Monday, March 02, 2009

Pork Miso Stew

Copyright 2009 by Cooking With The Single Guy

1 lb. pork shoulder, cut into cubes
1 small onion, finely diced
2 to 3 celery stalks (about 1/2 cup), finely diced
2 to 3 carrots, chopped
1 large daikon (Japanese radish) or 2 small ones, peeled and chopped
8 to 10 dried shiitake mushrooms, rehydrated and sliced
2 cups Napa cabbage, shredded
14 oz. tofu, firm
handful of bonito flakes (optional) or a dash of dashi
4 cups water
2 to 3 T miso paste (preferably white)
1 t grated ginger
1 T soy sauce
2 T cornstarch
2 to 3 T extra virgin olive oil

Bring 4 cups of water to a boil in a pot and add bonito flakes (or dashi) and mushrooms. Boil until the mushrooms soften, about 5 minutes. Remove mushrooms with a slotted spoon and let cool. Don’t throw out the water. Instead, reserve it for use with your stew.

Season pork cubes with salt and pepper. Warm about 2 T of olive oil in a heavy bottom pot and then add pork to brown over high heat, about 2 to 3 minutes for each side. Remove meat from the pot and then warm more olive oil and then add onion and celery over medium high heat until onion is translucent. Pour mushroom stock into pot through a strainer such as a splatter screen (this is to prevent any of the leftover bonito flakes from getting into your stew; if you used dashi then this won't be an issue) and then add pork back to pot. Bring to a simmer and cook for about 1.5 hours.

About 20 minutes into the cooking, add the daikon chunks (they take awhile to soften). After the pork has been cooking for about an hour, add the chopped carrots.

When the carrots and daikon are fork tender, your stew is ready to finish with the rest of the ingredients. Add mushrooms and ginger. Then in a separate bowl, place miso paste and ladle out some of your stew stock. Whisk until miso paste is dissolved, then add back to your stew. Taste your stew and flavor with soy sauce as needed.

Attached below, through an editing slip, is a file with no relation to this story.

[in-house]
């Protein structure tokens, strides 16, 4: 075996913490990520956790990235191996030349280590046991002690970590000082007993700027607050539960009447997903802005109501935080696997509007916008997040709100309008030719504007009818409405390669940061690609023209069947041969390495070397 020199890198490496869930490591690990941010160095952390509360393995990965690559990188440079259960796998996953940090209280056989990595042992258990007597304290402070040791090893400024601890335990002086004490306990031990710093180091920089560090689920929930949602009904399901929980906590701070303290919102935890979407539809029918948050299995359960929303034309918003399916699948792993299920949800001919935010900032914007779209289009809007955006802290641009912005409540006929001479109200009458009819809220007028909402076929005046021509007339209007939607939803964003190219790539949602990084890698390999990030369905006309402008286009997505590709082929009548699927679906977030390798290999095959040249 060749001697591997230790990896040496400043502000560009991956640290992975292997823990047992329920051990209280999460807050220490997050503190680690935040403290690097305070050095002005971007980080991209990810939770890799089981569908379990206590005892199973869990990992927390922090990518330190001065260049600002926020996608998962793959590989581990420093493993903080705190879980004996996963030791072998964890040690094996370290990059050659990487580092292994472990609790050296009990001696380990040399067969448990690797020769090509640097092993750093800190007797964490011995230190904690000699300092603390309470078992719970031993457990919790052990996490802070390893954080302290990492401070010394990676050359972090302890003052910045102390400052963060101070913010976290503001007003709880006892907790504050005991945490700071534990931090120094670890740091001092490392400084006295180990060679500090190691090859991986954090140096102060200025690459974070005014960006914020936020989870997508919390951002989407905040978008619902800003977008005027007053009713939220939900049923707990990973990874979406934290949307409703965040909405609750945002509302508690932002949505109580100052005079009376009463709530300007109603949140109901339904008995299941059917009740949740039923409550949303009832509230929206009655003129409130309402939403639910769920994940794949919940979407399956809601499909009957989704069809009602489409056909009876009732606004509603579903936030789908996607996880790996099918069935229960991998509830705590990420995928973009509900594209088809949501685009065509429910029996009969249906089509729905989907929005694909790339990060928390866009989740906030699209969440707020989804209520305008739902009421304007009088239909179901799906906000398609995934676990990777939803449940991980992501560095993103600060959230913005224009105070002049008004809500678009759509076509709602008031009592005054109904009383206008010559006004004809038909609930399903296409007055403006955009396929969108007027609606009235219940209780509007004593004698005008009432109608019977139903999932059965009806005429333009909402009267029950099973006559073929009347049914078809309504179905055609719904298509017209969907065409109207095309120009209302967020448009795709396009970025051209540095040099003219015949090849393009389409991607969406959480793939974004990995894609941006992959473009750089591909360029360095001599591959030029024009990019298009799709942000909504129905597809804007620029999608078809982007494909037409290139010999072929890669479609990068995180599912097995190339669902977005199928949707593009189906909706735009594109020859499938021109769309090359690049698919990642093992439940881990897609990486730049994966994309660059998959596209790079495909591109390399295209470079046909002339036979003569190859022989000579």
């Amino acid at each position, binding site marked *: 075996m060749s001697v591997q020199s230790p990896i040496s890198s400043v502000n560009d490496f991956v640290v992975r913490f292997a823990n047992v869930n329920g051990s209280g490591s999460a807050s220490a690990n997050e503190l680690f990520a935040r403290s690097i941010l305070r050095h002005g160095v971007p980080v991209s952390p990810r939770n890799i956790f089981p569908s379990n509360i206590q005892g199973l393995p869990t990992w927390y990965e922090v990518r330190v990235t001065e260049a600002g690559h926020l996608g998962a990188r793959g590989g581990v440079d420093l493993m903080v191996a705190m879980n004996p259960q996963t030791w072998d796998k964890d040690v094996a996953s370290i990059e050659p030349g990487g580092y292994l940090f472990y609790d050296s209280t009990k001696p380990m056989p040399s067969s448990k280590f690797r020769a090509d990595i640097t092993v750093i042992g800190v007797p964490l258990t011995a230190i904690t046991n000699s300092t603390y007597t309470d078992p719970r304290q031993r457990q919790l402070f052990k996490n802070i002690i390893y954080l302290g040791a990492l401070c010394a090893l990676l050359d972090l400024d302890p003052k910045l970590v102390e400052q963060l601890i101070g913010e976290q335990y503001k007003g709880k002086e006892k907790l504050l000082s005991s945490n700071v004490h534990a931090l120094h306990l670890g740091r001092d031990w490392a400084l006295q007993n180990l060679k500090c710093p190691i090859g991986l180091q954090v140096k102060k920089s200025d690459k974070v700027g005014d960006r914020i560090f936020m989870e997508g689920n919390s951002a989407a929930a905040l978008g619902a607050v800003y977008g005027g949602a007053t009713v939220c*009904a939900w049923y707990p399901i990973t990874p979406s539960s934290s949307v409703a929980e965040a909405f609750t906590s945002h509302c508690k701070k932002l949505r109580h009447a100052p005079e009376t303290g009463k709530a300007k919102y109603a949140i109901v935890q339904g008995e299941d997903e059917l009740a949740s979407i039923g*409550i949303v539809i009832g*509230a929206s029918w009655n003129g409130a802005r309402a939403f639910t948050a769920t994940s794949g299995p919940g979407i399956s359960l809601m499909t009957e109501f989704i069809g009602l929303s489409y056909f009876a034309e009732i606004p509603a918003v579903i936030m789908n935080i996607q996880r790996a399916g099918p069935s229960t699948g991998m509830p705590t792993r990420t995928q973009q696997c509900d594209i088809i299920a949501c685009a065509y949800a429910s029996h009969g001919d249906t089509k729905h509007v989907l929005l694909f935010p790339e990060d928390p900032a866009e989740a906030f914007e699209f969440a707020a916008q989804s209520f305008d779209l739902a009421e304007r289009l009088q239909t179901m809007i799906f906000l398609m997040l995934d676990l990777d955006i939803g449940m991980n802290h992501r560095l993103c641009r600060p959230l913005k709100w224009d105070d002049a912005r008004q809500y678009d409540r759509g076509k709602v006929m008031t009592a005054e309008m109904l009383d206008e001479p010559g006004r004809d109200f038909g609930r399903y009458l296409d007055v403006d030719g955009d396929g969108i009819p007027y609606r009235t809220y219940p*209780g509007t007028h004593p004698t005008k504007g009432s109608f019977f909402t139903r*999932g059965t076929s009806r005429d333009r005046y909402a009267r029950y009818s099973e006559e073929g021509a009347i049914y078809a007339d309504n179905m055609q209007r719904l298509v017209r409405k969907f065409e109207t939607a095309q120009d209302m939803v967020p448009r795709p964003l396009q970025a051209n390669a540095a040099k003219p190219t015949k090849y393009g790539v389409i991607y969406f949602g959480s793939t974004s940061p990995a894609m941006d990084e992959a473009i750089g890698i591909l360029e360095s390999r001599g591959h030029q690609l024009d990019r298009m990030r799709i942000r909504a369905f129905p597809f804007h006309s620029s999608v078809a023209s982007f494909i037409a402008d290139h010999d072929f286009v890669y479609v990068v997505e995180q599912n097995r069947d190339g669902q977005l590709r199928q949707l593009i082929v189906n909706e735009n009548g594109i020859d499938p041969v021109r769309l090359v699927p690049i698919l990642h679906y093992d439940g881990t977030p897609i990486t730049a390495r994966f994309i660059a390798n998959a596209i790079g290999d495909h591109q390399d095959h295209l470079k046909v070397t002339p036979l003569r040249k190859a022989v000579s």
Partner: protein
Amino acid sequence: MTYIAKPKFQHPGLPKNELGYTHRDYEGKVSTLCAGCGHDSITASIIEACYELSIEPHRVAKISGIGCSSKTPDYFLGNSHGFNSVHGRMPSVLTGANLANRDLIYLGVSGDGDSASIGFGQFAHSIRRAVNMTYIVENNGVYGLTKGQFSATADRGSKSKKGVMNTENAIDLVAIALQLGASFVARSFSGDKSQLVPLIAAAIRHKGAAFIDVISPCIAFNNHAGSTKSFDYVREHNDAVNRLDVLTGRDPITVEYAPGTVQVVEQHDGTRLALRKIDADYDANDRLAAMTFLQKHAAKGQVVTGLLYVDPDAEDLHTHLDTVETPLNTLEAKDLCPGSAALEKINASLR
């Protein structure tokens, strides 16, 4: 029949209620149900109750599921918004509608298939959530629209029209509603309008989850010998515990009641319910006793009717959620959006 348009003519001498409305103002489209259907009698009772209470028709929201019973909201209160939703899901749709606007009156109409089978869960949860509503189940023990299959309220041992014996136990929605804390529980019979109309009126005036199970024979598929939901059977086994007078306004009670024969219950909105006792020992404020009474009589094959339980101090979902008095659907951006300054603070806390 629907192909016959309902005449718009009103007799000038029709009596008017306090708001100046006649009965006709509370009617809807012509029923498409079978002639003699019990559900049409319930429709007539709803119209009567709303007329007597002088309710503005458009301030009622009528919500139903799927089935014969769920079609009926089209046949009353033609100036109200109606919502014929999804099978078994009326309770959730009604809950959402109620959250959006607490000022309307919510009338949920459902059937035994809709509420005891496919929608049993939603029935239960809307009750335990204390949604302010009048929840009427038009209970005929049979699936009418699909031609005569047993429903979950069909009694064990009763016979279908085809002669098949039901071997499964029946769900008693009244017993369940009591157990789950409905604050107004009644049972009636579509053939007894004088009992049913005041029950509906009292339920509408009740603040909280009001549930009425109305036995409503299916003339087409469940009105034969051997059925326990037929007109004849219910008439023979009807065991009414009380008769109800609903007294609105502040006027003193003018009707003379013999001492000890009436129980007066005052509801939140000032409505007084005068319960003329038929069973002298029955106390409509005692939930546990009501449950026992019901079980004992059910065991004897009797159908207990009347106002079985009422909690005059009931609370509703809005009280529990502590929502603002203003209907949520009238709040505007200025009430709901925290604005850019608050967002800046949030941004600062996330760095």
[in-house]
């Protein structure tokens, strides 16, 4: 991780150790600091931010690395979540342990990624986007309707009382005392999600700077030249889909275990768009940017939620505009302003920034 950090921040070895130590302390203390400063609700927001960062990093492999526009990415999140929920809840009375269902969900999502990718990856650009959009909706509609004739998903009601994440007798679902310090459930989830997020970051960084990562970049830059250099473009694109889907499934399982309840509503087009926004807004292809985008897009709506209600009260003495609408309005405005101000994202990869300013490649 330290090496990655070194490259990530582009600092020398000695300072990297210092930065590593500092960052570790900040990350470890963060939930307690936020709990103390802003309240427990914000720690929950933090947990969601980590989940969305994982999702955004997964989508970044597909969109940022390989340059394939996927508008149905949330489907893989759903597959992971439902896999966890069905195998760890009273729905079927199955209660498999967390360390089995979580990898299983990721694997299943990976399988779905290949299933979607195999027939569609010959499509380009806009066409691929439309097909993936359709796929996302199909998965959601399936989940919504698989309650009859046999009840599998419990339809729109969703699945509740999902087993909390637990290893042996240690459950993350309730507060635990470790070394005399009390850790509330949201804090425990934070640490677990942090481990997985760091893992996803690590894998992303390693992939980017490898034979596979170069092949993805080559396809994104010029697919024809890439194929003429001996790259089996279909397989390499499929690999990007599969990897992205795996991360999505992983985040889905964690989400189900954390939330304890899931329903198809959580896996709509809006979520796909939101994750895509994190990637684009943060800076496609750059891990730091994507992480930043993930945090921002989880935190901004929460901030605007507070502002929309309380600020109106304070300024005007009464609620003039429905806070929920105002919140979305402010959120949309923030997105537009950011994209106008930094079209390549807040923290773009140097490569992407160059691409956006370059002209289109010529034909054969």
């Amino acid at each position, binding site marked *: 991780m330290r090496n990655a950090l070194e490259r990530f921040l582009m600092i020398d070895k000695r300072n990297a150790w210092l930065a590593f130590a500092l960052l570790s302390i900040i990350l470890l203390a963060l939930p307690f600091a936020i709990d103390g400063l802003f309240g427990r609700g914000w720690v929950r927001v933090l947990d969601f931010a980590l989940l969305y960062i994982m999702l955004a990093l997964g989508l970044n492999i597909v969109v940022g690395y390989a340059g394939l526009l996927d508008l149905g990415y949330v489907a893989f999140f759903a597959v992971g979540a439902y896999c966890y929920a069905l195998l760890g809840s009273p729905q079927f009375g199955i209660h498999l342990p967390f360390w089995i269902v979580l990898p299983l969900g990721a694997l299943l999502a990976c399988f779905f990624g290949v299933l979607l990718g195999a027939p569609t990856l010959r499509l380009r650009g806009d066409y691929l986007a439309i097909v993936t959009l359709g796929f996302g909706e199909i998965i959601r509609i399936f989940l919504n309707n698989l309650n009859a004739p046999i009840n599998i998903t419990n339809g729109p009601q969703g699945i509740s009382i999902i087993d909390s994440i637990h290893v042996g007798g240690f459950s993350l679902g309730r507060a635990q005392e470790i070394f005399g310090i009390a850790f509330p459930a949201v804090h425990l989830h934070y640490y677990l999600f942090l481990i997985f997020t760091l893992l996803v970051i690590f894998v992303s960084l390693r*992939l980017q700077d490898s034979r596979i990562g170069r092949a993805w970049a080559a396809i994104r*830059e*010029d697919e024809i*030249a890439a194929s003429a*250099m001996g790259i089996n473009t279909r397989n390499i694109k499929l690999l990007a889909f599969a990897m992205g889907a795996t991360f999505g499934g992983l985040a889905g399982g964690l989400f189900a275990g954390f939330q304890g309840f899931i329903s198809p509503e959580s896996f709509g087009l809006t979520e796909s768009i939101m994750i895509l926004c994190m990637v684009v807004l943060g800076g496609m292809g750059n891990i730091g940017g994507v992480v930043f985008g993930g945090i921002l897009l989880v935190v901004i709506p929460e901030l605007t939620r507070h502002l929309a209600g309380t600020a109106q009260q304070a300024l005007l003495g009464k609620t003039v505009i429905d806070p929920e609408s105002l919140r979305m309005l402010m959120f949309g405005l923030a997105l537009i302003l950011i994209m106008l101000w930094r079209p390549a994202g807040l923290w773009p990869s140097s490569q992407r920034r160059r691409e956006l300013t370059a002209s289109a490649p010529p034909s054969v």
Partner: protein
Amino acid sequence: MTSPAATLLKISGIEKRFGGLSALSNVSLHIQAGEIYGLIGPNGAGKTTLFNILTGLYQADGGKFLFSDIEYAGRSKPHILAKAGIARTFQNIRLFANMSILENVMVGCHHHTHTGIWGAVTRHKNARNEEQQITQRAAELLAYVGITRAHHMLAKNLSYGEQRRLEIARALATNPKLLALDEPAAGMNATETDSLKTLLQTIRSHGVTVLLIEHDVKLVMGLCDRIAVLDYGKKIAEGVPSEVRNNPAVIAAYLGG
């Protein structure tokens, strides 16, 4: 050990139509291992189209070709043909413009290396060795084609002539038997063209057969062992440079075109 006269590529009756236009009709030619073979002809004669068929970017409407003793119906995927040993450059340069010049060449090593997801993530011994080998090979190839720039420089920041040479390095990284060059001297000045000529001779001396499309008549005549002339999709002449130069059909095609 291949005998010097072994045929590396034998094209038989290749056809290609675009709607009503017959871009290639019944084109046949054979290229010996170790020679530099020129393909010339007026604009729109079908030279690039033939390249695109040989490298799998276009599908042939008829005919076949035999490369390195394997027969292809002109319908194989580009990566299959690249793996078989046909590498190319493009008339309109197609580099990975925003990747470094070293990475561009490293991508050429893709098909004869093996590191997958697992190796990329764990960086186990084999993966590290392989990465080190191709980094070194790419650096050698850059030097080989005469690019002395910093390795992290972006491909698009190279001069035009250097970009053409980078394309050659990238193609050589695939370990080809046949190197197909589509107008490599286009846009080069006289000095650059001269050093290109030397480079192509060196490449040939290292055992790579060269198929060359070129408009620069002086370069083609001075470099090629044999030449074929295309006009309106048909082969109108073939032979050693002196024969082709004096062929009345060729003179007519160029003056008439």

Just right before you’re almost ready to serve your stew, add the tofu and napa cabbage and let cook for just a minute. These ingredients don’t need to cook that long.

In a small bowl, mix cornstarch with a little bit of water to create a slurry. Bring stew pot temperature to high and when stew is bubbling add the cornstarch slurry a little at a time until stew thickens to the consistency that you like.

Ladle stew over rice and garnish with slivers of green onions.

Makes 4 to 5 servings.

Pair with a glass of Zinfandel.

TIP: Whenever you add ingredients to your stew pot (such as the daikon chunks and carrots), you bring the temperature of your stew down. So you may need to turn up the heat for a few minutes to bring the stew back to a regular simmer. Then reduce the heat to allow the simmering to continue.

STEW FOR THE ECONOMY: This recipe is a bit larger in servings than I usually make because whenever I make stew that takes some time, why not make more for all that effort? In this economy, it helps to make a lot of servings that you can stretch over several dinners. If you don’t want to eat stew every night, then freeze some for later. If you plan to freeze some stew, then don’t add the Napa cabbage and tofu to the ones you freeze. It’s better to add those ingredients right before you’re planning to eat the stew to maintain the integrity of those two ingredients.

1 comment:

Anonymous said...

Pork? Miso? Stew? Swoon!